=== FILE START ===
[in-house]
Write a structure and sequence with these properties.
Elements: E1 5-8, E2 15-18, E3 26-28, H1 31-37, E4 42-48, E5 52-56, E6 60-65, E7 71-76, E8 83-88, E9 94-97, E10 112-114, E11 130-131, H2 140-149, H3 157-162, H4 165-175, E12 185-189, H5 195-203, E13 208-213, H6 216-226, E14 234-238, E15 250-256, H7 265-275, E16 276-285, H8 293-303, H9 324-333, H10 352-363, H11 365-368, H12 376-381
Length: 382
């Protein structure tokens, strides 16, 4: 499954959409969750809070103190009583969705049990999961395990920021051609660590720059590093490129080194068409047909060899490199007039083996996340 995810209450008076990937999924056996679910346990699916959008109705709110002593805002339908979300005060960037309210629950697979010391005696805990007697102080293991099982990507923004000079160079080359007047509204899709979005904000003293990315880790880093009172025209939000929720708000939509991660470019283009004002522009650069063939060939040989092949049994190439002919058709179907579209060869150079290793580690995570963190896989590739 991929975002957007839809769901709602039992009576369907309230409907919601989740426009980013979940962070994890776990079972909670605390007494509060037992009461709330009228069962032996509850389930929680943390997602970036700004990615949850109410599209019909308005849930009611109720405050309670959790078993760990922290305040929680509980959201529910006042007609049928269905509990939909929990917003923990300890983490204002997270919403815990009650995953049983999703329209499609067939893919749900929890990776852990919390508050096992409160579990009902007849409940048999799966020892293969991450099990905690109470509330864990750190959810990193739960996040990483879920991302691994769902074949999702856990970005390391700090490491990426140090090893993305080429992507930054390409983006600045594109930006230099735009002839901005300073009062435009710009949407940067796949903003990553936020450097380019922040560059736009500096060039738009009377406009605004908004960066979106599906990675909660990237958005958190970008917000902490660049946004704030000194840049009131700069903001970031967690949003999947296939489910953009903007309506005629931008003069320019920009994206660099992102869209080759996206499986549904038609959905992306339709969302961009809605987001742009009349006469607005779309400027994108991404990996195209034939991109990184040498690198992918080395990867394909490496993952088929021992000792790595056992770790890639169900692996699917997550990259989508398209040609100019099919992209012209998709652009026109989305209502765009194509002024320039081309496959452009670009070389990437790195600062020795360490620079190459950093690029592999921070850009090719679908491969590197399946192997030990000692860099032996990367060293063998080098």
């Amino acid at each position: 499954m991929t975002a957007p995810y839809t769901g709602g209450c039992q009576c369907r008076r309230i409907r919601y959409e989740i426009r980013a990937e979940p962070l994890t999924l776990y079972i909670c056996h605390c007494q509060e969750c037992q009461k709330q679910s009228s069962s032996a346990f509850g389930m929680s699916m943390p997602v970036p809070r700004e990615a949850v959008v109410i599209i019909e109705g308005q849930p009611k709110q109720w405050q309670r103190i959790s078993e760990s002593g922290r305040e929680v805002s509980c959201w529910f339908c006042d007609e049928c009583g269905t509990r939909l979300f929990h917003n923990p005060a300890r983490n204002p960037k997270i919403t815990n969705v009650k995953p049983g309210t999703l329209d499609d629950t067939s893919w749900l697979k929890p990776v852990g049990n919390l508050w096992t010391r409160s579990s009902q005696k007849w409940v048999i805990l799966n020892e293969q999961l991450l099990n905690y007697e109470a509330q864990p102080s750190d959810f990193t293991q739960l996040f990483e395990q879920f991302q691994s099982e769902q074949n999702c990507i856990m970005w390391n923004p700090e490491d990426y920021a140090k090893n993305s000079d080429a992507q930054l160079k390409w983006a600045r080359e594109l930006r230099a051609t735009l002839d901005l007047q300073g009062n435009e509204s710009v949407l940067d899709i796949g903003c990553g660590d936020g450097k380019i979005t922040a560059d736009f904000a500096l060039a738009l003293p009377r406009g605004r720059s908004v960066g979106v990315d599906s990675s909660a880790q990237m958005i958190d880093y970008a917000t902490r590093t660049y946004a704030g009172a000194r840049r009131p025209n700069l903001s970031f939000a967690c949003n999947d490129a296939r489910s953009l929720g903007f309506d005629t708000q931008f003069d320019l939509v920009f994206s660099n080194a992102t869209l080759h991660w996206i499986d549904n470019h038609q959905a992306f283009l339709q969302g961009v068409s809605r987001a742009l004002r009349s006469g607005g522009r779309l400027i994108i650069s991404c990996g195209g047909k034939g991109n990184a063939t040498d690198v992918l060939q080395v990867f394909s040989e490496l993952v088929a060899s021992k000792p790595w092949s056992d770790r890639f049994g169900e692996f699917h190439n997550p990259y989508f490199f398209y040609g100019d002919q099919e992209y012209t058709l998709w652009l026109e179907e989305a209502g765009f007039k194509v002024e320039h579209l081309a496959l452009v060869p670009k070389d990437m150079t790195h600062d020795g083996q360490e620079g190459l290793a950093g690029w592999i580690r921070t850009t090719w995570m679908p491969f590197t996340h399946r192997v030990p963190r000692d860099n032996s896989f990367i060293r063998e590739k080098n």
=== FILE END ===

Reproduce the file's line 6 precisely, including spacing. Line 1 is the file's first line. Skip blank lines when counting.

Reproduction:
């Amino acid at each position: 499954m991929t975002a957007p995810y839809t769901g709602g209450c039992q009576c369907r008076r309230i409907r919601y959409e989740i426009r980013a990937e979940p962070l994890t999924l776990y079972i909670c056996h605390c007494q509060e969750c037992q009461k709330q679910s009228s069962s032996a346990f509850g389930m929680s699916m943390p997602v970036p809070r700004e990615a949850v959008v109410i599209i019909e109705g308005q849930p009611k709110q109720w405050q309670r103190i959790s078993e760990s002593g922290r305040e929680v805002s509980c959201w529910f339908c006042d007609e049928c009583g269905t509990r939909l979300f929990h917003n923990p005060a300890r983490n204002p960037k997270i919403t815990n969705v009650k995953p049983g309210t999703l329209d499609d629950t067939s893919w749900l697979k929890p990776v852990g049990n919390l508050w096992t010391r409160s579990s009902q005696k007849w409940v048999i805990l799966n020892e293969q999961l991450l099990n905690y007697e109470a509330q864990p102080s750190d959810f990193t293991q739960l996040f990483e395990q879920f991302q691994s099982e769902q074949n999702c990507i856990m970005w390391n923004p700090e490491d990426y920021a140090k090893n993305s000079d080429a992507q930054l160079k390409w983006a600045r080359e594109l930006r230099a051609t735009l002839d901005l007047q300073g009062n435009e509204s710009v949407l940067d899709i796949g903003c990553g660590d936020g450097k380019i979005t922040a560059d736009f904000a500096l060039a738009l003293p009377r406009g605004r720059s908004v960066g979106v990315d599906s990675s909660a880790q990237m958005i958190d880093y970008a917000t902490r590093t660049y946004a704030g009172a000194r840049r009131p025209n700069l903001s970031f939000a967690c949003n999947d490129a296939r489910s953009l929720g903007f309506d005629t708000q931008f003069d320019l939509v920009f994206s660099n080194a992102t869209l080759h991660w996206i499986d549904n470019h038609q959905a992306f283009l339709q969302g961009v068409s809605r987001a742009l004002r009349s006469g607005g522009r779309l400027i994108i650069s991404c990996g195209g047909k034939g991109n990184a063939t040498d690198v992918l060939q080395v990867f394909s040989e490496l993952v088929a060899s021992k000792p790595w092949s056992d770790r890639f049994g169900e692996f699917h190439n997550p990259y989508f490199f398209y040609g100019d002919q099919e992209y012209t058709l998709w652009l026109e179907e989305a209502g765009f007039k194509v002024e320039h579209l081309a496959l452009v060869p670009k070389d990437m150079t790195h600062d020795g083996q360490e620079g190459l290793a950093g690029w592999i580690r921070t850009t090719w995570m679908p491969f590197t996340h399946r192997v030990p963190r000692d860099n032996s896989f990367i060293r063998e590739k080098n």